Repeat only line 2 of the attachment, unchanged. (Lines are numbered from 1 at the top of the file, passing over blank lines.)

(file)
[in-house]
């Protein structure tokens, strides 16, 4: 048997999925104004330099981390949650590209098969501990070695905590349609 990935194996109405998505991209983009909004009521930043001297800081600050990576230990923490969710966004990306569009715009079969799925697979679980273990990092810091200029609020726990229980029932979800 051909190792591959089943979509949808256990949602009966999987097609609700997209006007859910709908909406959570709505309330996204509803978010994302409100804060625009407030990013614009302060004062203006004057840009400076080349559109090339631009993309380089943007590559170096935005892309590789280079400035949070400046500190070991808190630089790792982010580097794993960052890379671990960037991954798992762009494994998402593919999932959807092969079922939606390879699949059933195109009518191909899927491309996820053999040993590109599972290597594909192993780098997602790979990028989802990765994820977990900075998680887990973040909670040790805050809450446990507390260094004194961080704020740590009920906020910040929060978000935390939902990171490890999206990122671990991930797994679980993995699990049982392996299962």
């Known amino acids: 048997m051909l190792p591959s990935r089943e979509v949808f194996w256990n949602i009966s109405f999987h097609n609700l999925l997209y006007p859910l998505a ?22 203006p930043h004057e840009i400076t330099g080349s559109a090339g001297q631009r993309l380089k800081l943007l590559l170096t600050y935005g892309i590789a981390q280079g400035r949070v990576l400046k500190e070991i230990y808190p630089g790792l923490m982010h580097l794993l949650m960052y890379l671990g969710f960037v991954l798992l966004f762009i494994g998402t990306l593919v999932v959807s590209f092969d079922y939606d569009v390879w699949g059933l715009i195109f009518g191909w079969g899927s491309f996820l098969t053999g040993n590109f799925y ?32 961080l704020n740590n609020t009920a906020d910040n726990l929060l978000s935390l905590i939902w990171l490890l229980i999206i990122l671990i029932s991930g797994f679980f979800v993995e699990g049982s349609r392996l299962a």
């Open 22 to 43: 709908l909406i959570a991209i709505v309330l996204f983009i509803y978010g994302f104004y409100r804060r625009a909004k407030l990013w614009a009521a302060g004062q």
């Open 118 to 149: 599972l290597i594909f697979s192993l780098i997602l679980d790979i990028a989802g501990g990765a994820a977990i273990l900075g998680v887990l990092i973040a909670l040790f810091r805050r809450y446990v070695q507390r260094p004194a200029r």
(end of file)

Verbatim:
């Protein structure tokens, strides 16, 4: 048997999925104004330099981390949650590209098969501990070695905590349609 990935194996109405998505991209983009909004009521930043001297800081600050990576230990923490969710966004990306569009715009079969799925697979679980273990990092810091200029609020726990229980029932979800 051909190792591959089943979509949808256990949602009966999987097609609700997209006007859910709908909406959570709505309330996204509803978010994302409100804060625009407030990013614009302060004062203006004057840009400076080349559109090339631009993309380089943007590559170096935005892309590789280079400035949070400046500190070991808190630089790792982010580097794993960052890379671990960037991954798992762009494994998402593919999932959807092969079922939606390879699949059933195109009518191909899927491309996820053999040993590109599972290597594909192993780098997602790979990028989802990765994820977990900075998680887990973040909670040790805050809450446990507390260094004194961080704020740590009920906020910040929060978000935390939902990171490890999206990122671990991930797994679980993995699990049982392996299962």